Posts Tagged 'transportation'

The 1st. Auto – Cugnot’s 1769 fardier à vapeur

According to Jalopnik.com –

“Aha, I know the first car in the world,” you think, but you are wrong. You are thinking of the 1886 Benz Patent Motorwagen, and while that was the first car to feature an internal combustion engine, it was not the first car ever made. The first car ever built was this hulking, steaming, smoking monster, and it’s from 1769.

Continue reading and view some videos HERE.

Longest Truck in The World – Australian Road Train [video]

The Khufu Ship – Intact, 4500-Year-Old Ship

khufu-ship

From Wikipedia –

The Khufu ship is an intact full-size vessel from Ancient Egypt that was sealed into a pit in the Giza pyramid complex at the foot of the Great Pyramid of Giza around 2500 BC. The ship now is preserved in the Giza Solar boat museum. The ship was almost certainly built for Khufu (King Cheops), the second pharaoh of the Fourth Dynasty of the Old Kingdom of Egypt.

Continue reading HERE.

World’s Largest Ship Elevator Opens In China [video]

Repainting An Airbus A380 In 90 Seconds [video]

 

Technology Marches On – Comparisons Between Old and New Tech

tech-advance-s

Cracked presented 20 examples of how technological advances have made life better for everyone.

Read Cracked’s list HERE.

How To Lay Railroad Track [video]

Photos Of The Worlds Largest Ship Under Construction

Maersk-Triple-E-sThis blog has photos of a Maersk Triple E ship being built in South Korea. Twenty of these container ships are scheduled to be produced by 2015. Triple E can carry 18,000 containers – 11 layers tall inside and 10 layers tall above deck.

Read about it HERE.

 

1959 Curtiss-Wright Hover Car

aircar-sSucksqueezebangblow.co reports –

Developed by Curtiss-Wright in 1959, the Model 2500 Air Car wasn’t really a car at all, more a kind of family hovercraft. However, keen to tap into the increasingly extravagant and innovative motor car market of the era, they styled it to look like a car, with headlights, indicators, bumpers and a convertible roof. It was powered by a pair of 180hp Lycoming engines (one at the front and one at the back), driving lift fans that created a foot-tall cushion of air; propulsion came from bleeding air from the fan chambers and blasting it out of the louvres at the sides. Simple in construct, it was a pretty promising idea, were it not for the fact that it really only worked well on perfectly flat surfaces. The military took an interest for a while, but abandoned their own development program as untenable in 1961.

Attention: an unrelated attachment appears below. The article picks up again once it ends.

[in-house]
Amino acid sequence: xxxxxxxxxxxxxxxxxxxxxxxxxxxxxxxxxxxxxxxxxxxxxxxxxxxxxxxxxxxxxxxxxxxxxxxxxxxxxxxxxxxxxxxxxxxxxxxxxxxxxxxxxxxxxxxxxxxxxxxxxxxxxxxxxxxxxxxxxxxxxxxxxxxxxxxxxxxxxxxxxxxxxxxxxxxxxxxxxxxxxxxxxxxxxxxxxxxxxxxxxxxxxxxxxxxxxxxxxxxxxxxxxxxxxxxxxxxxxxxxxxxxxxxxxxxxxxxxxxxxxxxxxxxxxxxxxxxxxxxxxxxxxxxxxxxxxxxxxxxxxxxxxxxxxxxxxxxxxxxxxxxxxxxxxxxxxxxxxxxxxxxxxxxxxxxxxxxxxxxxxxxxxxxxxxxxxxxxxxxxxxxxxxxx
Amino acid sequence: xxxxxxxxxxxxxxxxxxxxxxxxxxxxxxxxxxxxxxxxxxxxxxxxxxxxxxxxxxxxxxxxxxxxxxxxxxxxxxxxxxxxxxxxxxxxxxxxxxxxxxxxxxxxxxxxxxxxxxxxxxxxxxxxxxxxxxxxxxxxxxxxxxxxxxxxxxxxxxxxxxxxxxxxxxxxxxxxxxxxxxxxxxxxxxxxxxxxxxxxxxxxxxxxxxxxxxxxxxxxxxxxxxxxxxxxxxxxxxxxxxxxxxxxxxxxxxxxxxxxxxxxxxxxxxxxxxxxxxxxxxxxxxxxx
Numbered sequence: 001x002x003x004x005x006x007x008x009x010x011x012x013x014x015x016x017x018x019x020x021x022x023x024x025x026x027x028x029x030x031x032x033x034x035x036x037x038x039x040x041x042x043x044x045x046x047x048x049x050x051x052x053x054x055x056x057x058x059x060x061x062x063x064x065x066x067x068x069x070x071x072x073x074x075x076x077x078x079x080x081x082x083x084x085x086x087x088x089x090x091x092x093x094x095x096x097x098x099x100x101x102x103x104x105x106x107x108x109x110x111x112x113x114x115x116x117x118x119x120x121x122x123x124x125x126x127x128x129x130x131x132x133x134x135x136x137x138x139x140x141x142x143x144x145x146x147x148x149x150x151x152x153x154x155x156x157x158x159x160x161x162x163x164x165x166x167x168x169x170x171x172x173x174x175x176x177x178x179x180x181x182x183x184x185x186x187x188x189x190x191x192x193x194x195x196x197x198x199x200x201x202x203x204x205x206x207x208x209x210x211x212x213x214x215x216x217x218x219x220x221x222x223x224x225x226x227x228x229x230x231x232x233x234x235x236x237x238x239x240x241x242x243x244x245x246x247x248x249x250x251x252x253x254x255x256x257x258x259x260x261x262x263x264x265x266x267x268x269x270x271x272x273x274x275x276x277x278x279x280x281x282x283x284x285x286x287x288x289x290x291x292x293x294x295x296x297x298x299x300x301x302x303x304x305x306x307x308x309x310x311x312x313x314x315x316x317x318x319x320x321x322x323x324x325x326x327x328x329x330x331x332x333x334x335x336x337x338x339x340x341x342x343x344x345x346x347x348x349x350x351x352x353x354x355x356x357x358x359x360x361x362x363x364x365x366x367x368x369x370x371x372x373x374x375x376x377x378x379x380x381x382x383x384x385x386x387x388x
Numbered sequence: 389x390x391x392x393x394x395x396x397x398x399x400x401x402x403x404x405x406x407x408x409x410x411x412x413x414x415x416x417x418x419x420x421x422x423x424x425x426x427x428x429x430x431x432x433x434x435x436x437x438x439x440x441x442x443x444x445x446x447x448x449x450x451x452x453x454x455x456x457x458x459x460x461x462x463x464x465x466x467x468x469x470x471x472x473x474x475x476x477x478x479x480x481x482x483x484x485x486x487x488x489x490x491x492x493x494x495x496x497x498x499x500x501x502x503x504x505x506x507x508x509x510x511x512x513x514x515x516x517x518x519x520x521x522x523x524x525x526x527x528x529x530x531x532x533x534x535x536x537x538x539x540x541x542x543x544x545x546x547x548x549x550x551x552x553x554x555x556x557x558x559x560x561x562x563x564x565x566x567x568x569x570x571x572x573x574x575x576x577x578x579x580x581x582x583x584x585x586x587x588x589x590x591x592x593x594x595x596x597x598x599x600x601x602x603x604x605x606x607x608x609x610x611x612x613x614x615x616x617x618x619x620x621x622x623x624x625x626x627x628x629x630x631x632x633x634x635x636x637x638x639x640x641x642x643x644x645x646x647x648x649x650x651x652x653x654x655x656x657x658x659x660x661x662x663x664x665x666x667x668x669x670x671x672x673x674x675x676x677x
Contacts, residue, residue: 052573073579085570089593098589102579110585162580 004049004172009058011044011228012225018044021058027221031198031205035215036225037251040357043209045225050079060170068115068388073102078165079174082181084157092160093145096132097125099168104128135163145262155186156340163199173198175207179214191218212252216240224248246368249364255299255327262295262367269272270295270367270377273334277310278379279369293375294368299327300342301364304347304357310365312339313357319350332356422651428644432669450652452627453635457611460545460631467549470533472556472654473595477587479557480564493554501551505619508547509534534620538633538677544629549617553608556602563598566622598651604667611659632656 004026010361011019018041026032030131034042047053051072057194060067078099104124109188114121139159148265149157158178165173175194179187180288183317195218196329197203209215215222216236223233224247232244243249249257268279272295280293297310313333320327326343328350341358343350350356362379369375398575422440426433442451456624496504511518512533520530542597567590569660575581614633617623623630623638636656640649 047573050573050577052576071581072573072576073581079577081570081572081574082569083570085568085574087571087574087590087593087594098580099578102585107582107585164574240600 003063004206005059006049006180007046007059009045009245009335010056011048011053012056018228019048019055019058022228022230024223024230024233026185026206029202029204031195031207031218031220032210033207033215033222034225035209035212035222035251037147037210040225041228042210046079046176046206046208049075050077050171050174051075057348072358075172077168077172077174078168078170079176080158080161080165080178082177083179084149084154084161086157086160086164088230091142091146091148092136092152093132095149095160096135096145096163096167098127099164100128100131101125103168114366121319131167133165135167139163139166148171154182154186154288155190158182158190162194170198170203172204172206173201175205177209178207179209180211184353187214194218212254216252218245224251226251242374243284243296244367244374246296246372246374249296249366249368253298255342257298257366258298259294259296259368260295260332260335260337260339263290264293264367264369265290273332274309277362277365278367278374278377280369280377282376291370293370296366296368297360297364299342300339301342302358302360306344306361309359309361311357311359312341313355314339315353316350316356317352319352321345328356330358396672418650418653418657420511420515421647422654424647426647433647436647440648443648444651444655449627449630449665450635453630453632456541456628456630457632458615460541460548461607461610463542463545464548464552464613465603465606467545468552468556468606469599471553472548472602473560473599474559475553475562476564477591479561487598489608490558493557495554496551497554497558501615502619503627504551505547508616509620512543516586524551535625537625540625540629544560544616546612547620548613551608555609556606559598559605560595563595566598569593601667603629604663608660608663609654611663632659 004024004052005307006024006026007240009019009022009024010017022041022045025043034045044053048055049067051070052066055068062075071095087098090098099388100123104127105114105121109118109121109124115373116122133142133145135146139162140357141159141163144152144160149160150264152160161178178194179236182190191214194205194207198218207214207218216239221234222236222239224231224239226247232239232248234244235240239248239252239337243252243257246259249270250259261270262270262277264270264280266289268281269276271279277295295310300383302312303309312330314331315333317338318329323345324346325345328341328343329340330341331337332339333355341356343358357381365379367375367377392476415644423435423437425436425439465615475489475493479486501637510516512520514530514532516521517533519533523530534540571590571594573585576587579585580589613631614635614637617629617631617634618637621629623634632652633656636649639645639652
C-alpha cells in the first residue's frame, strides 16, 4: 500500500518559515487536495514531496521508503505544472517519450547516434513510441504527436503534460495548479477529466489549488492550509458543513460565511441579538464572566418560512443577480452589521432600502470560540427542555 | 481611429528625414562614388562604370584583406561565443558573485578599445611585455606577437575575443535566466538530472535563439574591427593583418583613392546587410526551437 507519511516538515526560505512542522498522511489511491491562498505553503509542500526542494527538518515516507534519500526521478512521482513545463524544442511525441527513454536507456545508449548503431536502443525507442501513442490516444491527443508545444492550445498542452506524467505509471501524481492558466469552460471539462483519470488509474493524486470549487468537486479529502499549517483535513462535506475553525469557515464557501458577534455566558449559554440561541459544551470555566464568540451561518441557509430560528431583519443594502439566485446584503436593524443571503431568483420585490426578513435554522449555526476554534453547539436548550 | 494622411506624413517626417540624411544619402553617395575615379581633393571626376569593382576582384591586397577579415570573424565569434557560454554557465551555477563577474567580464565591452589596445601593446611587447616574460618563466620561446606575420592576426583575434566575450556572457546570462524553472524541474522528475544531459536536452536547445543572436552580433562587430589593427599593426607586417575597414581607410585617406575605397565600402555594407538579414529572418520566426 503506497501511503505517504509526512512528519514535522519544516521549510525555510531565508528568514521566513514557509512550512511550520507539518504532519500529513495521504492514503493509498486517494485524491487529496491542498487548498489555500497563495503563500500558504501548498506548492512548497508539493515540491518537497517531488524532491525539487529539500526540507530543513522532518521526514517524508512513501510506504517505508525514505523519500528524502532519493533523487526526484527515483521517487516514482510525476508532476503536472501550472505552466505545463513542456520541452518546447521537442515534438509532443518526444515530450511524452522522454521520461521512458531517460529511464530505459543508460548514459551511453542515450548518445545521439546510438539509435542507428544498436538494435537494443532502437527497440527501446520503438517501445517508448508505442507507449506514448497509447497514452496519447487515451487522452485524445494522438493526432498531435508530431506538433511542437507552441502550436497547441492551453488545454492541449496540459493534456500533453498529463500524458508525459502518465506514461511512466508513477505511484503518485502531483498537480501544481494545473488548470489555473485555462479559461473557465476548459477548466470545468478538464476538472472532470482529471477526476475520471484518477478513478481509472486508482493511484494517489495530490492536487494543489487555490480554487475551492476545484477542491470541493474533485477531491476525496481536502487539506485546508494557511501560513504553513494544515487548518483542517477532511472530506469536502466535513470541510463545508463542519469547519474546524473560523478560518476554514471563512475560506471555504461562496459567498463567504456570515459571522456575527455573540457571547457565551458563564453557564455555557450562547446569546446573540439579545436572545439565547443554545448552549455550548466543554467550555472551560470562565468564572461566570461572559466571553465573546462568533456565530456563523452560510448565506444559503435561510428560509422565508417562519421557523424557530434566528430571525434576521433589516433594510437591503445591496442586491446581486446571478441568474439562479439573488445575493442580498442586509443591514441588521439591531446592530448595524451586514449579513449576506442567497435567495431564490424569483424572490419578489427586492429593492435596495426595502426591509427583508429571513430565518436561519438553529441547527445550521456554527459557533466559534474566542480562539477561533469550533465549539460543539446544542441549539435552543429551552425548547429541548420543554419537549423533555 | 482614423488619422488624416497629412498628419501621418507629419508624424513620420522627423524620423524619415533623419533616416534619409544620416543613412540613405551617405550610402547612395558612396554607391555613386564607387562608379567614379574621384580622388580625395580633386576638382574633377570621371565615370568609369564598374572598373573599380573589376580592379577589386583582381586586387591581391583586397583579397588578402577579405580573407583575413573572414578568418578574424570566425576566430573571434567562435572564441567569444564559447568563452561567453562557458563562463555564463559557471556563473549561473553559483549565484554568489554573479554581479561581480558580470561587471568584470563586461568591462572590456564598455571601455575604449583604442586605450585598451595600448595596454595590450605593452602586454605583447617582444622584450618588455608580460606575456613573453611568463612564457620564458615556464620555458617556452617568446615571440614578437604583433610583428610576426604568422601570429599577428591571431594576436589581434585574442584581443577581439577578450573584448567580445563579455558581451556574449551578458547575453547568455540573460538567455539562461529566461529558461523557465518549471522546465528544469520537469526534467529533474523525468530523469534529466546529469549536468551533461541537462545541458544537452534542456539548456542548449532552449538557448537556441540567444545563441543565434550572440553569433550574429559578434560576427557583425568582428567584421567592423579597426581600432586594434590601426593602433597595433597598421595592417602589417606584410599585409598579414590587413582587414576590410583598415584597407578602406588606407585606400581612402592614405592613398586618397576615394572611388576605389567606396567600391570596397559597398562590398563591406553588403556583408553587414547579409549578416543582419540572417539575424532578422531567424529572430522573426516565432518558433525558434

Continue reading and watch a video of the car HERE.

 

World’s Smallest Street Legal Car – Peel P50

p50smPeel, of the UK, hand builds reproduction models of their classic 1960’s P50. They claim that it is street legal in the US and UK. The specs are underwhelming – 1 passenger, 3 wheels, 130 pounds total weight, 30mph top speed, fiberglass body, unspecified engine. And the really bad news is a reported price of $16,000. I think it’s cute, but way, way too small, and $16,000???

Go to Peel’s site

 

 

Inventor Plans To Produce Cardboard Bicycle

Engadget reported –

His (Izhar Gafni) maintenance-free bike uses a “secret” mix of organic materials to make it waterproof and fireproof, and is then lacquered to give it a friendlier appearance. It’s expected to cost a mere $20 and weigh about 20 lbs (9 kg) — that’s 65 percent lighter than an average metal ride. In fact, this bicycle doesn’t use any metal parts at all — the solid tires are made of reconstituted rubber and a car timing belt is used instead of a chain.

Continue reading and watch video HERE

 

 

 

Report On Condition of US Highway System

A report just released quantifies the physical condition (potholes, or lack of potholes) of the US highway system. It breaks down the figures by state and metropolitan area, but it doesn’t rank them from first to worst, it simply list them alphabetically, although the worst offenders are highlighted. The report is from American Association of State Highway and Transportation Officials and TRIP (a national highway research group).

A PDF of the report is available HERE.


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